Electric Museum - Korg M1


M1 (1988 - 1995) BY KORG

The Korg M1 was a synthesizer and music workstation manufactured by Korg from 1988 to 1995. The Korg M1 might be the bestselling synthesizer in history. It was released in May 1988 and manufactured until 1995, selling an estimated 250,000 units.

The M1 featured a 61-note velocity- and aftertouch-sensitive keyboard, 16-note polyphony, a joystick for pitch-bend and modulation control, an eight-track MIDI sequencer, separate LFOs for vibrato and filter modulation, and ADSR envelopes. Data could be stored on RAM and PCM cards.

The M1 had a ROM with four megabytes of 16-bit PCM tones. The sounds include sampled attack transients, loops, sustained waveforms without attack transients, and percussive samples. The timbres include piano, strings, acoustic guitar, woodwinds, sitar, kalimba, wind chimes, and drums.

The M1 also featured effects including reverb, delay, chorus, tremolo, EQ, distortion, and Leslie simulation, an innovative inclusion at the time. In many ways the Korg M1 was to the synthesizer what the Apple iPhone was to the mobile phone; It combined and implemented existing technology and features in a new way.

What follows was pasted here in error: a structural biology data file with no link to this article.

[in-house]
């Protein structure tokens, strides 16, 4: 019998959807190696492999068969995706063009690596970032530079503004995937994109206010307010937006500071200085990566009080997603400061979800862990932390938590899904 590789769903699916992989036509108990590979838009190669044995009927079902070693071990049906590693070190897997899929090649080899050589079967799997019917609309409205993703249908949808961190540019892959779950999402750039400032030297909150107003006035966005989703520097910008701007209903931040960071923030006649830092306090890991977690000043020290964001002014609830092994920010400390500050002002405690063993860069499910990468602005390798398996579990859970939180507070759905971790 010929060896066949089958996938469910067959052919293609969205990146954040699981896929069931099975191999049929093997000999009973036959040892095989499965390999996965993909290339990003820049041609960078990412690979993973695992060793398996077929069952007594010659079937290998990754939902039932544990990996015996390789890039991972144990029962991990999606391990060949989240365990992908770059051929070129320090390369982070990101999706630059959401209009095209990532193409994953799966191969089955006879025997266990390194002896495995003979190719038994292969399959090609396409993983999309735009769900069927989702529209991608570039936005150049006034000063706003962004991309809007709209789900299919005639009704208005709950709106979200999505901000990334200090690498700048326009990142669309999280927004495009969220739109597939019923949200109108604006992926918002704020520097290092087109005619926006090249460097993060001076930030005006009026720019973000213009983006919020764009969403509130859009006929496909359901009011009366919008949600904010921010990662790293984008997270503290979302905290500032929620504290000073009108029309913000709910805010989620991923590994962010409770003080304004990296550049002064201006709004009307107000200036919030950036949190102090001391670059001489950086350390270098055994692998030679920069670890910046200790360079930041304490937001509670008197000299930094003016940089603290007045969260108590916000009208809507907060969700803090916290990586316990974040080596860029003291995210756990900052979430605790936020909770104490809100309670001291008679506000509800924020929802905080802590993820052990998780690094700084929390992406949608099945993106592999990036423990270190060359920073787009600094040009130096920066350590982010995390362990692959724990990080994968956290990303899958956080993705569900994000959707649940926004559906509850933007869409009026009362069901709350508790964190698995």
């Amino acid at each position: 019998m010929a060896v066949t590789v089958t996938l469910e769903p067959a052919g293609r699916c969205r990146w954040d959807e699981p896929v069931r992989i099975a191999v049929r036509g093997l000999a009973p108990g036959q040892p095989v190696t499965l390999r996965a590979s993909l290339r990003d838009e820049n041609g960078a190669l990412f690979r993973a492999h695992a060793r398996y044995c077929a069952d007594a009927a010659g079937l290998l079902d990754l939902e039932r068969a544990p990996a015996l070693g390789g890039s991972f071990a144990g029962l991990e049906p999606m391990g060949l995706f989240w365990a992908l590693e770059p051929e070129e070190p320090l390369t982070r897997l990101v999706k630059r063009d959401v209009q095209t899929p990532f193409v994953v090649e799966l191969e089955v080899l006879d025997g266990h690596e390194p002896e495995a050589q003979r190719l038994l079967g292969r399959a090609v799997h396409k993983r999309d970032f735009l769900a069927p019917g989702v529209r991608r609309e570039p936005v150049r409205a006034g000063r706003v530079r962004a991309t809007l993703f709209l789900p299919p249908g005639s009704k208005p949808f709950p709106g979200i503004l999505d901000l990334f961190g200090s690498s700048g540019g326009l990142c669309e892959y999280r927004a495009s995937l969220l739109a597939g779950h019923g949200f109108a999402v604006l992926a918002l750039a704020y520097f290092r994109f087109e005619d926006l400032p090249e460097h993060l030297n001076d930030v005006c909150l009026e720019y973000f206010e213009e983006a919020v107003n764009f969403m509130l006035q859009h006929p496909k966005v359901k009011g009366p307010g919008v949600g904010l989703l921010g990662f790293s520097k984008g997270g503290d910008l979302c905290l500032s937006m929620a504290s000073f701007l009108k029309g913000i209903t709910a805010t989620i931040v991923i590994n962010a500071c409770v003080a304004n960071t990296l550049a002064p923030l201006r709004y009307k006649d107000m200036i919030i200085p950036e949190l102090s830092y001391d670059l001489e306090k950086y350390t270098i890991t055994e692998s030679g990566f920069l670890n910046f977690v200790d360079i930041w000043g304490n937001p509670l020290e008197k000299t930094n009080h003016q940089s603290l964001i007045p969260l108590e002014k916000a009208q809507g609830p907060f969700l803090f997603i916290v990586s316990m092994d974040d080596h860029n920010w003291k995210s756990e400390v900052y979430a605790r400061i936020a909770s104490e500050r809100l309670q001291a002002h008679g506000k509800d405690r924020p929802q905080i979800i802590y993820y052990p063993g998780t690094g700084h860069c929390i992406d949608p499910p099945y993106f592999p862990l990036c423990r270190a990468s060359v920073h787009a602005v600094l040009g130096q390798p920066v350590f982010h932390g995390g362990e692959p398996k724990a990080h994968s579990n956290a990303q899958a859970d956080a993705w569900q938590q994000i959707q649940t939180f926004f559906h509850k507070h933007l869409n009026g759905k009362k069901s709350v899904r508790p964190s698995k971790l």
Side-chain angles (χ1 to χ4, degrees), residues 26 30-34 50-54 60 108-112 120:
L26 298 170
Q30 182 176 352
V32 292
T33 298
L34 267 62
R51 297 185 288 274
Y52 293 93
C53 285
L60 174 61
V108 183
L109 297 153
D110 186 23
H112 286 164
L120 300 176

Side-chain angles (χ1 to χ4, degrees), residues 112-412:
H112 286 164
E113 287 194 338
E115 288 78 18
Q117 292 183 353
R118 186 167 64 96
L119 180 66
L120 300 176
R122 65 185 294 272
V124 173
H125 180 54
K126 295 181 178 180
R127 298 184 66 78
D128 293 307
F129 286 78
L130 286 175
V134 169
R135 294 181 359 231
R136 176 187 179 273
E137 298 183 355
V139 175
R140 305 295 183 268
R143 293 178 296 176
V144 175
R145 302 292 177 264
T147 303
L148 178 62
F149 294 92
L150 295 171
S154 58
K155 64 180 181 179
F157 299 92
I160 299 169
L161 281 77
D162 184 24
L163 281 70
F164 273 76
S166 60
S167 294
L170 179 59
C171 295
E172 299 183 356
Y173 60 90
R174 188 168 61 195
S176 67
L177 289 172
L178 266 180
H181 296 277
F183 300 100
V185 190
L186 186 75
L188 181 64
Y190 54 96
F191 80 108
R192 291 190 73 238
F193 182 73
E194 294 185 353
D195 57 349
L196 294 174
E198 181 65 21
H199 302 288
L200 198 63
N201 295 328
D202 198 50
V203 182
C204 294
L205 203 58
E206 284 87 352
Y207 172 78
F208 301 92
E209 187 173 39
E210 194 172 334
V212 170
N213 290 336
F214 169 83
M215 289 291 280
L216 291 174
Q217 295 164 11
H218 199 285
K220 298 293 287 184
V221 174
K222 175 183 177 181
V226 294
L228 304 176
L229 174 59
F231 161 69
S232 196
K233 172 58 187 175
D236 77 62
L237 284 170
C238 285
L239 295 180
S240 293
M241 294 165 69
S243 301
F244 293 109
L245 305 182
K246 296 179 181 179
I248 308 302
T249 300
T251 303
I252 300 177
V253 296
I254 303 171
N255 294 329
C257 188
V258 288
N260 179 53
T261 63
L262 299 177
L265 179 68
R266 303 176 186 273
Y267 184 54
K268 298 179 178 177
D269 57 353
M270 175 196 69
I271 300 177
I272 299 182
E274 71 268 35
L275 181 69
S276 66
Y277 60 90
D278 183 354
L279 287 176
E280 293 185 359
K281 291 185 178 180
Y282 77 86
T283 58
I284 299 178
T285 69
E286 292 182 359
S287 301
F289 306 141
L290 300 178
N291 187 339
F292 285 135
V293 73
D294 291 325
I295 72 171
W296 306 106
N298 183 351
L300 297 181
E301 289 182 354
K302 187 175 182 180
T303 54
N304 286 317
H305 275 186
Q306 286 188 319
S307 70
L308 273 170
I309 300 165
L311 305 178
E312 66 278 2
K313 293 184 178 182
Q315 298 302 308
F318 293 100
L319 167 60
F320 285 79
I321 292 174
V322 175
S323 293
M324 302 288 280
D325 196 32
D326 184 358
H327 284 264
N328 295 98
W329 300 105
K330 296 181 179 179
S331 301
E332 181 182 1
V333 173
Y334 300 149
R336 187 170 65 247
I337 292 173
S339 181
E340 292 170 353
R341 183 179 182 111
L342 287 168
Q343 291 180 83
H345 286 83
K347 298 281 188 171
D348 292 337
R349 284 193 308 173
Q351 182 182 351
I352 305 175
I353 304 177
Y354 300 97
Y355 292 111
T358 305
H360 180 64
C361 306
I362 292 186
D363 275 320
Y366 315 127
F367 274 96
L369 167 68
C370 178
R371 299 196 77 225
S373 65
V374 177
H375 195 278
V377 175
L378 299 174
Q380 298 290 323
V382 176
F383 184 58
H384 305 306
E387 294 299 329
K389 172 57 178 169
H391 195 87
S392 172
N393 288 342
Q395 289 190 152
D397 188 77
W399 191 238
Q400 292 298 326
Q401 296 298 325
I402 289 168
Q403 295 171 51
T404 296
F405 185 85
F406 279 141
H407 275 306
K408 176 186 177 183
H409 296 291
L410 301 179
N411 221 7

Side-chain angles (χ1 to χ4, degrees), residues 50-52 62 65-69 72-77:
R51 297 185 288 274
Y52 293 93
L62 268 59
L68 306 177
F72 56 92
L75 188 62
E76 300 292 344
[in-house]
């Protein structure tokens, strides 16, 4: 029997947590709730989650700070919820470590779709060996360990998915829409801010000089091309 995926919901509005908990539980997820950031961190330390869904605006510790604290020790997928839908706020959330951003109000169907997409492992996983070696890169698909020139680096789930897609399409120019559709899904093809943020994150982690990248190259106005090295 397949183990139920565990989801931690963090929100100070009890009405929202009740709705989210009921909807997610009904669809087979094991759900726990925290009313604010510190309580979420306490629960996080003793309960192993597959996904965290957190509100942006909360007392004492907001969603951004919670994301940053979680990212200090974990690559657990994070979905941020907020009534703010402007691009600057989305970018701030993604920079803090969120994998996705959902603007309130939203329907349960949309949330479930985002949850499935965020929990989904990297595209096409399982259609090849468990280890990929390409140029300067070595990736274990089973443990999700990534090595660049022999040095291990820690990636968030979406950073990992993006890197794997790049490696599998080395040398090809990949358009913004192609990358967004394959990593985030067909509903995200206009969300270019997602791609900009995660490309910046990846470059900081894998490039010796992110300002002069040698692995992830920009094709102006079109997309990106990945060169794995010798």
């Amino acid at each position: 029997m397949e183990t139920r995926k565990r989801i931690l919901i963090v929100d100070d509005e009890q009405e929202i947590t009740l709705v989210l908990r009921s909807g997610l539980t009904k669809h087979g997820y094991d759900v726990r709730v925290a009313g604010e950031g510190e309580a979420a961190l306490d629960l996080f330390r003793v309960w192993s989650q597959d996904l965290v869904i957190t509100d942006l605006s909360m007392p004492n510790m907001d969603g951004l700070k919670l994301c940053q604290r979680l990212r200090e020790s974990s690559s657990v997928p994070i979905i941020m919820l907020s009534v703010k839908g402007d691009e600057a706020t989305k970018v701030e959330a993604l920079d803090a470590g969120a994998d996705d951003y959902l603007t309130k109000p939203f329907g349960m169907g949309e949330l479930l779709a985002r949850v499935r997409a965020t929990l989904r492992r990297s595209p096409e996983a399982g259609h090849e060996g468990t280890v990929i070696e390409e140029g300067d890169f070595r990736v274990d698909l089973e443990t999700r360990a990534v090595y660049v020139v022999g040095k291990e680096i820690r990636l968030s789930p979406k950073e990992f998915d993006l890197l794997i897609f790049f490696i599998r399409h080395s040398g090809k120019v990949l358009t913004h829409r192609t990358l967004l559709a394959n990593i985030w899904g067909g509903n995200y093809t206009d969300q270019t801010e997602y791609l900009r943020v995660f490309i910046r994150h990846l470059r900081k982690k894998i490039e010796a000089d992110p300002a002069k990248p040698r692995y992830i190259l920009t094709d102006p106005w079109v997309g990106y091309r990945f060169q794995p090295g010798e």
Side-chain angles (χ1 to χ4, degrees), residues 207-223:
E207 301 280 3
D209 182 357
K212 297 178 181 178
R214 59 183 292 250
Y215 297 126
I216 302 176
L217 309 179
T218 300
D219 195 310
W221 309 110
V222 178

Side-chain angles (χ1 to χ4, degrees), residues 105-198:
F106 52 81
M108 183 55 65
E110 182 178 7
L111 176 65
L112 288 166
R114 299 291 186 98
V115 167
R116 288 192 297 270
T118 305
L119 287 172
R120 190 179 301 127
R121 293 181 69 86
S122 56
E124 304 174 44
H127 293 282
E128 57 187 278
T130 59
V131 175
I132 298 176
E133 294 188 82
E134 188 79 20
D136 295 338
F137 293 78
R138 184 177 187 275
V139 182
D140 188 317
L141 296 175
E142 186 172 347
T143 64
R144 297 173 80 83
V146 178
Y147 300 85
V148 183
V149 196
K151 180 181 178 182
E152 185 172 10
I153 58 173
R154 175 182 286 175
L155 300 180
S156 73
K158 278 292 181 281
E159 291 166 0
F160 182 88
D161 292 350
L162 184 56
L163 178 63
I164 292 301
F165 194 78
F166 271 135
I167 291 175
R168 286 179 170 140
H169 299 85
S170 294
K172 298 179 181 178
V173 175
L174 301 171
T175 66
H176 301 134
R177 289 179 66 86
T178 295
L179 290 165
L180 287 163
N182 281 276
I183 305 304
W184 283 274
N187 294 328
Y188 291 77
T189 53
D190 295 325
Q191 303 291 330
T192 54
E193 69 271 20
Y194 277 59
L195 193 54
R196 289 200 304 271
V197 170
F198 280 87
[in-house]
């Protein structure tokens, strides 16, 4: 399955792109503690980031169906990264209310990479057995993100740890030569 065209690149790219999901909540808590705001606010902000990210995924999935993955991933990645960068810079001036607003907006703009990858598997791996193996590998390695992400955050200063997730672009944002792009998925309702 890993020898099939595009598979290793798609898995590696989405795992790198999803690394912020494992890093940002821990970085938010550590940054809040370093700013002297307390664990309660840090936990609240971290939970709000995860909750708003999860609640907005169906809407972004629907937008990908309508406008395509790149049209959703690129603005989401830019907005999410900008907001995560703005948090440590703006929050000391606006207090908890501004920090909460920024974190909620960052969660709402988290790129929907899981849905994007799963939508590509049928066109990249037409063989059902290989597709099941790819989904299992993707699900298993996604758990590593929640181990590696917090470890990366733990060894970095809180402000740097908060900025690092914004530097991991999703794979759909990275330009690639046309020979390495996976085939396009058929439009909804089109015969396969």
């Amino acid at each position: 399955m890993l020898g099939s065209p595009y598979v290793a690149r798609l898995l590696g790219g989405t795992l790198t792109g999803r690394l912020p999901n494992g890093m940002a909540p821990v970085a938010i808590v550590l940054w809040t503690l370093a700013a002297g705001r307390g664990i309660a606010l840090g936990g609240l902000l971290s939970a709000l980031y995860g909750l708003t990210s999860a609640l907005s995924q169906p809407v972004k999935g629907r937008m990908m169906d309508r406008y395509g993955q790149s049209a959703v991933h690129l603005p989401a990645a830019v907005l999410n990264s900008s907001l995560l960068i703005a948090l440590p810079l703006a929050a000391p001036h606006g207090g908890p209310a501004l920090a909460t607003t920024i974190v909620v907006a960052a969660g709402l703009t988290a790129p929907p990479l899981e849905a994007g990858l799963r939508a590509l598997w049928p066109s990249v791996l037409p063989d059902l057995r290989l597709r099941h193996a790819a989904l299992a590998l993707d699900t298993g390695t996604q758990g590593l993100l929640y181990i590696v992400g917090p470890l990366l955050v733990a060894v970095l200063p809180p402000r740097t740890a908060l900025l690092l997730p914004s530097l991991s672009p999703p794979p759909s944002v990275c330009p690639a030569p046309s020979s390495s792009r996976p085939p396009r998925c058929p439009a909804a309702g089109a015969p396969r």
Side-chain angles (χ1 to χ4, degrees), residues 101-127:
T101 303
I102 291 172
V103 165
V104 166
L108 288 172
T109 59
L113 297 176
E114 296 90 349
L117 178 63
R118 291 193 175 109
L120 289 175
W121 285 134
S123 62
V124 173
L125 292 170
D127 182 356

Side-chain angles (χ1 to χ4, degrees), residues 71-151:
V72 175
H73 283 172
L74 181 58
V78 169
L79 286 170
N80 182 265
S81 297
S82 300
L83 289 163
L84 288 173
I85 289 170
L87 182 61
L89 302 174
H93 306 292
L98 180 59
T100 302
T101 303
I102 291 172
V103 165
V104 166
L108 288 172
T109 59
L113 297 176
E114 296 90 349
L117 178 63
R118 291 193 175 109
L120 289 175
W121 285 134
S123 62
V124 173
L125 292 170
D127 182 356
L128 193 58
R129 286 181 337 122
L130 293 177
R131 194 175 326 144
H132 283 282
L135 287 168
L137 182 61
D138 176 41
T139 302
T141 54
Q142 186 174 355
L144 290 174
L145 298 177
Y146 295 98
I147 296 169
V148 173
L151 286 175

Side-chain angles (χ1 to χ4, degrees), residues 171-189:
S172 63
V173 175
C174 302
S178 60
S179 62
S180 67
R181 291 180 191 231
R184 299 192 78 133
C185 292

I believe that Korg learned a lot from their sampling synthesizer DSS1, released two years previous to the M1, in September 1986. The DSS1 was a 12-bit polyphonic sampling synthesizer and it came out at a time when many of the popular synthesizer companies were beginning to get into sampling. (This area of sound design had previously been left to a handful of fledgling companies such as Fairlight, E-mu, and Ensoniq.) Like Yamaha and Casio, however, Korg did not stay long in the sampling arena, and the DSS1 was really not a plain sampler; it was a digital synthesizer with sampling capabillities. Quite a few sounds from the DSS1 library also made their way into the ROMs of the M1. Talking of sounds; whereas previous synthesizers had shipped with sounds chosen for different markets, Korg chairman Tsutomu Kato and his son Seiki decided that their synthesizers should use the same sounds internationally. Korg assembled an international team to develop the sounds for the M1.

In 2006 the M1 was reborn as a virtual instrument for both Mac and Windows-driven systems.

If you ever listended to popular music produced after 1988, you have heard the sounds from the Korg M1.

Korg today: https://www.korg.com/us/

The above model was made in Lightwave 3D. The model and texture files are available for download here:

Download M1 model (.lwo)